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IOC weighs Russia Olympic ban; how, when decision will be made

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LAUSANNE, Switzerland (AP) — Russia could be banned from competing at the PyeongChang Olympics, a prospect that President Vladimir Putin has already warned would be humiliating for his country.

The decision will come Tuesday when the International Olympic Committee’s executive board meets in Lausanne, less than nine weeks before the Olympics open Feb. 9 in South Korea.

The 14-member board, which includes two Americans, has received a so-far confidential report from an IOC-appointed panel. That panel was asked to assess if Russian state agencies did organize the doping program used at the 2014 Sochi Olympics.

IOC President Thomas Bach, a German lawyer long seen as an ally of Russia, is scheduled to announce the decision at 1:30 p.m. ET. A press conference will stream live here.

It might not be the last word, however. Russia can challenge any IOC sanction by appealing to the Court of Arbitration for Sport.

Here is a look at the case and the possible results:

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PUNISHMENT OPTIONS

— A total ban on Russia competing in PyeongChang.

— Some Russian athletes compete, if judged to be clean under long-term doping controls operating to international standards. They would be classed as neutral athletes competing under the Olympic flag, and would be denied hearing the Russian anthem if they win. Those rules were imposed on Russians at the world track and field championships in August.

Putin has said either of those outcomes would be humiliating and could provoke a Russian boycott.

— The IOC board could ask the seven governing bodies for Winter Olympic sports to decide on individual athlete eligibility. That compromise applied to the Rio Olympics.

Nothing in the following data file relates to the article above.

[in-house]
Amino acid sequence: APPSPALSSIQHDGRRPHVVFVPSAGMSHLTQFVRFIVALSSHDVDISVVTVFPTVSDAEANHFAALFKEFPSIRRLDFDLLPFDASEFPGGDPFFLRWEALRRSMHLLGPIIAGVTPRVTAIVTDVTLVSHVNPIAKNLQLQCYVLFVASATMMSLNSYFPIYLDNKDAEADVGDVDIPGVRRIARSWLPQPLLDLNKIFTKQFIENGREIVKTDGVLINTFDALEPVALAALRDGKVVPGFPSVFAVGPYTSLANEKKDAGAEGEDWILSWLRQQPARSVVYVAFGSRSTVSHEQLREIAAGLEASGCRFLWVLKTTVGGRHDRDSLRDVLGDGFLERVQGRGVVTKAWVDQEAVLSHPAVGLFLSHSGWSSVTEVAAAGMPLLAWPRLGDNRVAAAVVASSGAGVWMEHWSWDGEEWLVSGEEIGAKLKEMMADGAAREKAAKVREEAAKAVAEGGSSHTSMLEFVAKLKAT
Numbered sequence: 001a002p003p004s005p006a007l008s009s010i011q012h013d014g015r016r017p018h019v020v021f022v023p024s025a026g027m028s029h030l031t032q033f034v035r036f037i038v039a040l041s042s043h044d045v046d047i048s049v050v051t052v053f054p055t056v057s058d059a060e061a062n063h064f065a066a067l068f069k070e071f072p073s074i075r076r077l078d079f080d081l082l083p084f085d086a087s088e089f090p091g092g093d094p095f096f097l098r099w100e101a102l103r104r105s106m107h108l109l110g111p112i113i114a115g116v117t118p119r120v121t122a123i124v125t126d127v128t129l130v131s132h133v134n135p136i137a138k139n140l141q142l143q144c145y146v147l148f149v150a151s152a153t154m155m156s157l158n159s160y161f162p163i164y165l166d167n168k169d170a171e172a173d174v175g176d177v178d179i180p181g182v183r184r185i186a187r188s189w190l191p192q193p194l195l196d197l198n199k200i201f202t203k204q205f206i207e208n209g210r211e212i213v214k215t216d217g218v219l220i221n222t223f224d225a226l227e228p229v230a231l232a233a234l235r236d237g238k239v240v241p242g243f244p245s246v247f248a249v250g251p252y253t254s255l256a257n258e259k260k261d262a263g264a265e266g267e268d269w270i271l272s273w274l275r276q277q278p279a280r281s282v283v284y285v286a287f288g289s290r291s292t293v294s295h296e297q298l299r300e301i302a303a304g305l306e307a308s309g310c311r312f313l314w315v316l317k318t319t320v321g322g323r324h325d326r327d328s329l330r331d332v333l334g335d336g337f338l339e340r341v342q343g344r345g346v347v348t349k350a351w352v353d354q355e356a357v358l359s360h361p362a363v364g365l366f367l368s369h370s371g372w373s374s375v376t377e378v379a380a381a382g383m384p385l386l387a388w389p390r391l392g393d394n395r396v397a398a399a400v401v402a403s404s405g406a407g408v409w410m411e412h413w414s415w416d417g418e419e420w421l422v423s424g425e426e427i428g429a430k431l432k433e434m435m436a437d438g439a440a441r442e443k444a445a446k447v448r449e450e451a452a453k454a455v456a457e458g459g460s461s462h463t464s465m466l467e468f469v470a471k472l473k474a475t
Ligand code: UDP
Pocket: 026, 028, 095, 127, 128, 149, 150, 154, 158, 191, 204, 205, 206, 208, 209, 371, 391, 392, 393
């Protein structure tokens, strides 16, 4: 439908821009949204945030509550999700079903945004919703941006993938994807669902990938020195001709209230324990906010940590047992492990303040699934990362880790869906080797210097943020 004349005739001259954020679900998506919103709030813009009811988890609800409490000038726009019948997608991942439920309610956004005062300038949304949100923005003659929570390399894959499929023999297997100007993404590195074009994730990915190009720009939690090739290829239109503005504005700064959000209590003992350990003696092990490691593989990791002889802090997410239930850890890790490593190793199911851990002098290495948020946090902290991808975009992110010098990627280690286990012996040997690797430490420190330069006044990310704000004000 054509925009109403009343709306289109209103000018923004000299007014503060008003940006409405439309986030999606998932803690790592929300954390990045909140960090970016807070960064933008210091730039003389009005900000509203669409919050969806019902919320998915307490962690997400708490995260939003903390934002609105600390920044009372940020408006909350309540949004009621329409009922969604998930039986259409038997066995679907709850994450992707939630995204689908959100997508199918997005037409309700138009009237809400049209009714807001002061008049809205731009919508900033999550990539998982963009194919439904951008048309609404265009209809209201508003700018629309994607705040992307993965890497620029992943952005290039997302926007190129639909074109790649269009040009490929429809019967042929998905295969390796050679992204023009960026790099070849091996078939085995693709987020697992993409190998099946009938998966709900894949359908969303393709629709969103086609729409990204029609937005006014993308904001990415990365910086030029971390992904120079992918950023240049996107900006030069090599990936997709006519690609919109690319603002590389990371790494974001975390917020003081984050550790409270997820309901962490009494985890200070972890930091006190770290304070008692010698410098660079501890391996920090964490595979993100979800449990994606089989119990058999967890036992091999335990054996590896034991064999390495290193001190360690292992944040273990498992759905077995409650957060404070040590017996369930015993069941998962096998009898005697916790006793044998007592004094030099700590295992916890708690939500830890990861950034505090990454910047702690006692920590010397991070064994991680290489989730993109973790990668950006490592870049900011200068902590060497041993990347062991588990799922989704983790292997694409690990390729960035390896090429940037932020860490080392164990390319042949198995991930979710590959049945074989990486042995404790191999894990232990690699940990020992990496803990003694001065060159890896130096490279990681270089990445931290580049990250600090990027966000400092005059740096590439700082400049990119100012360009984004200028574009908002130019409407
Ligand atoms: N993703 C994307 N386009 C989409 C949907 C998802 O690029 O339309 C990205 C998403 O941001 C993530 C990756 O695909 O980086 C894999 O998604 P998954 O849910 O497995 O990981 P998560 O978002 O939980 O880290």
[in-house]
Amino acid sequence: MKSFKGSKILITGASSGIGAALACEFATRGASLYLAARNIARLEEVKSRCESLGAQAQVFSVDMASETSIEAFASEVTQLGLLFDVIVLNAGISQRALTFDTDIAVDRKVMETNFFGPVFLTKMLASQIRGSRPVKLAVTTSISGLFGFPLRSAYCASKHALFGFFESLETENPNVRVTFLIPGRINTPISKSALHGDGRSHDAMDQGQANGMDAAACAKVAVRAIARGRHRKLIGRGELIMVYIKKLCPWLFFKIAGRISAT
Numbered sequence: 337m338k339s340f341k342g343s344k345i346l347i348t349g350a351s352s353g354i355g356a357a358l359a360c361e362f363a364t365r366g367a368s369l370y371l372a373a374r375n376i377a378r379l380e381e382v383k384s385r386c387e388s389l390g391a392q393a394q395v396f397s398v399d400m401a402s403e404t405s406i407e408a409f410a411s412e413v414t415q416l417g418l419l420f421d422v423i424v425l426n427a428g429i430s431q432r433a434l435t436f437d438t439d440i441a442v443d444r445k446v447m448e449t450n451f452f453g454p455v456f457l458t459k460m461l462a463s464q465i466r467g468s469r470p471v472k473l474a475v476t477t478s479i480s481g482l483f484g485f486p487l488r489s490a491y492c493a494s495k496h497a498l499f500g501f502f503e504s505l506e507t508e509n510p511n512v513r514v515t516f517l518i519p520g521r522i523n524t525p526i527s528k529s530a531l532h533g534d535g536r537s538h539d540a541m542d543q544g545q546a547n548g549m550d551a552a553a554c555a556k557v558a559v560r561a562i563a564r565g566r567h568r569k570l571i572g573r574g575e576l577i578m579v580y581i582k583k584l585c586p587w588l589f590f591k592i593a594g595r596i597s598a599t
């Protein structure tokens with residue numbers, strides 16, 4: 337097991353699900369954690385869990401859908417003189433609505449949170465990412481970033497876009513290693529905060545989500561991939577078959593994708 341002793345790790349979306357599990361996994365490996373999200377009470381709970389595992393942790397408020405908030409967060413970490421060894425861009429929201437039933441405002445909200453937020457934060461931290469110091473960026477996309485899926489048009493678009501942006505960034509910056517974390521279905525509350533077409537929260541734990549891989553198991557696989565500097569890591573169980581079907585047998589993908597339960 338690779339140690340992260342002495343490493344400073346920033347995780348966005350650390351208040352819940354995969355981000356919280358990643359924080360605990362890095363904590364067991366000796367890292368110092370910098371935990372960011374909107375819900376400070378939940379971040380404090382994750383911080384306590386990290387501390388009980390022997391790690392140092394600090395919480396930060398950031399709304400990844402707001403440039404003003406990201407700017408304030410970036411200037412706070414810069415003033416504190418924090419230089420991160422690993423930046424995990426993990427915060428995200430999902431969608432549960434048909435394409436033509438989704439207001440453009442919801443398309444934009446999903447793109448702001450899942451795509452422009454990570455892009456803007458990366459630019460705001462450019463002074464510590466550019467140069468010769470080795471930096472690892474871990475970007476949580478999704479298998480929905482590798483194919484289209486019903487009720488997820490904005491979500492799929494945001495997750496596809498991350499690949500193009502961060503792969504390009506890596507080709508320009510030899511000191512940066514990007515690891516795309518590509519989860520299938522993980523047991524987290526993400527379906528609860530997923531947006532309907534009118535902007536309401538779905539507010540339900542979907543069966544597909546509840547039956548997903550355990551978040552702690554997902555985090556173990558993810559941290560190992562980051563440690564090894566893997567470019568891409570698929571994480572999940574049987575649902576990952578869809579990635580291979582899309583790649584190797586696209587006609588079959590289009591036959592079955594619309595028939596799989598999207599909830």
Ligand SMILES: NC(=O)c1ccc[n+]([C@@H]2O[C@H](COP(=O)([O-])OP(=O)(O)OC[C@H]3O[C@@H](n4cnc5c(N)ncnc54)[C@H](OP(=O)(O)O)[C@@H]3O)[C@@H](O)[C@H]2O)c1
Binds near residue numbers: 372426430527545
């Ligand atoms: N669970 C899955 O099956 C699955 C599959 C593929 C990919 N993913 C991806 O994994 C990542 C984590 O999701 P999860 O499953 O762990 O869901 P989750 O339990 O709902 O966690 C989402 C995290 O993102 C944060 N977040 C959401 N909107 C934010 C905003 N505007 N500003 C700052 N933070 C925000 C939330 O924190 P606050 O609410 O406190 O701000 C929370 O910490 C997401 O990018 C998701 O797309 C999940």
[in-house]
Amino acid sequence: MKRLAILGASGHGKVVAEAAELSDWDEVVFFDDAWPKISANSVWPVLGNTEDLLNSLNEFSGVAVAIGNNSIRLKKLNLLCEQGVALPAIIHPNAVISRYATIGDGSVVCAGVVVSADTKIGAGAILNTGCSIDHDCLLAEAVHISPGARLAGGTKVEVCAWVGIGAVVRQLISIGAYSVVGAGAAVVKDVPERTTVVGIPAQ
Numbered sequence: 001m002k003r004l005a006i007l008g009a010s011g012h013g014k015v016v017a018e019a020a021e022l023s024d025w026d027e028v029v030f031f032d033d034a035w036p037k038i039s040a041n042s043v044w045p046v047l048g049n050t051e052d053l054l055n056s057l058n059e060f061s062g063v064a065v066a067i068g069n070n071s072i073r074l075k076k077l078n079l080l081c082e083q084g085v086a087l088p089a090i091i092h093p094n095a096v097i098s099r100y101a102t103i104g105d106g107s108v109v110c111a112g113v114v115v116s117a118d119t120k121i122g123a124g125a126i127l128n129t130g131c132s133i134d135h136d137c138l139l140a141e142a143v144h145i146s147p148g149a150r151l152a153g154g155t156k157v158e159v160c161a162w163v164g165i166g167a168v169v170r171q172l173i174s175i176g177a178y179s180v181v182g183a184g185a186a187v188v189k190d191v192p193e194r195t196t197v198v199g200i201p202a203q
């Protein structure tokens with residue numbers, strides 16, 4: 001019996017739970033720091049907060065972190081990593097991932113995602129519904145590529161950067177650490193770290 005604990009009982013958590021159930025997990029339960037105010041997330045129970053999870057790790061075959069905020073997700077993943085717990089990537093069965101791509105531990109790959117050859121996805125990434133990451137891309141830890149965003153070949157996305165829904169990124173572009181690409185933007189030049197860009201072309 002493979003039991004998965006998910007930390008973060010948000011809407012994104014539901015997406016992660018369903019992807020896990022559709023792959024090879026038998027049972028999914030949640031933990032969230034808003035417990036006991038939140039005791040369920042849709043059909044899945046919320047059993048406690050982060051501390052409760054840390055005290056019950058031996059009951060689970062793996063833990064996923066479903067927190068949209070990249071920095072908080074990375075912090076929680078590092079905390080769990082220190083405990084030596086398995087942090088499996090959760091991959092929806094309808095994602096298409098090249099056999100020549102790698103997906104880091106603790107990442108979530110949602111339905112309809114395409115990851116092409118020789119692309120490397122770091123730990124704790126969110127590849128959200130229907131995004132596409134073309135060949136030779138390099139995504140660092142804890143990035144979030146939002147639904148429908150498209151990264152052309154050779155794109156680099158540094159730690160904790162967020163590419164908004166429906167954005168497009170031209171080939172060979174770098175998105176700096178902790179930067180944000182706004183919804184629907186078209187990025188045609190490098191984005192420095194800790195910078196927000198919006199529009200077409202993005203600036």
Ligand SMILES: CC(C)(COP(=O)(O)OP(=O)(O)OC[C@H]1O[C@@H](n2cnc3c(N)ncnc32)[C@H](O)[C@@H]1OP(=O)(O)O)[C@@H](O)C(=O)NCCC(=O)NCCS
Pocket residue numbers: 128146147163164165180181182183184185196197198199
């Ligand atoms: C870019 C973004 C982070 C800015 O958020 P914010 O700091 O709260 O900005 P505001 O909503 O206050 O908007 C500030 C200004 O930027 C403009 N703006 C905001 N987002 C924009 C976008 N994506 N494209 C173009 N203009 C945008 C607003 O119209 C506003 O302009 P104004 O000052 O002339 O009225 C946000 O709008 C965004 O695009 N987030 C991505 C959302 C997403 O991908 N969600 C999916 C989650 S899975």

— Impose a fine on the Russian Olympic Committee. Tens of millions of dollars could go toward anti-doping work worldwide.

A financial penalty would be “grossly inappropriate,” said Joseph de Pencier, chief executive of iNADO, a global group of national anti-doping agencies.

“It would send exactly the wrong message,” de Pencier said. “It’s pay to play.”

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TIMELINE

A big red flag regarding Russian doping went up in July 2013, weeks before Moscow hosted the world track and field championships.

British newspaper the Mail on Sunday reported wrongdoing by Grigory Rodchenkov and the Moscow laboratory he directed, but its claims were mostly ignored.

In December 2014, 10 months after the Sochi Olympics, German network ARD broadcast a film by journalist Hajo Seppelt about extensive doping in Russian track and field using footage secretly filmed by whistleblowers.

The World Anti-Doping Agency later appointed an investigation panel chaired by Richard Pound, a long-serving IOC member. That panel also included Richard McLaren.

Their reports in November 2015 and January 2016 led to the suspension of Russia’s track and field federation, anti-doping agency and the Moscow lab.

The Pound team interviewed Rodchenkov and concluded he was a key part of a conspiracy of supplying banned drugs, covering up doping cases and extorting athletes.

Rodchenkov fled to the United States. May 2016 reports detailed how, as lab director for the Sochi Olympics, he helped Russian athletes cheat. He said 15 of Russia’s 33 medals were tainted.

WADA appointed McLaren to verify the fresh allegations. Within two months, he delivered an interim report before the Rio Olympics which upheld Rodchenkov’s evidence.

“It can’t possibly be done by a couple of rogue individuals, or even a rogue department of an organization,” McLaren said last week of Russia’s doping program.

The IOC then set up two commissions. One chaired by IOC member Denis Oswald verified McLaren’s evidence to prosecute cases of Russian athletes from Sochi.

A second, now chaired by a former president of Switzerland, Samuel Schmid, was to assess if an “institutional conspiracy” existed.

The Oswald judging panel began giving verdicts last month.

By Monday, 25 Russians have been disqualified from Sochi and banned from the Olympics for life, and 11 medals were stripped. One Russian was cleared — figure skating champion Adelina Sotnikova.

Schmid has received a 50-page sworn affidavit from Rodchenkov for his report. It was set to be delivered to IOC board members Monday.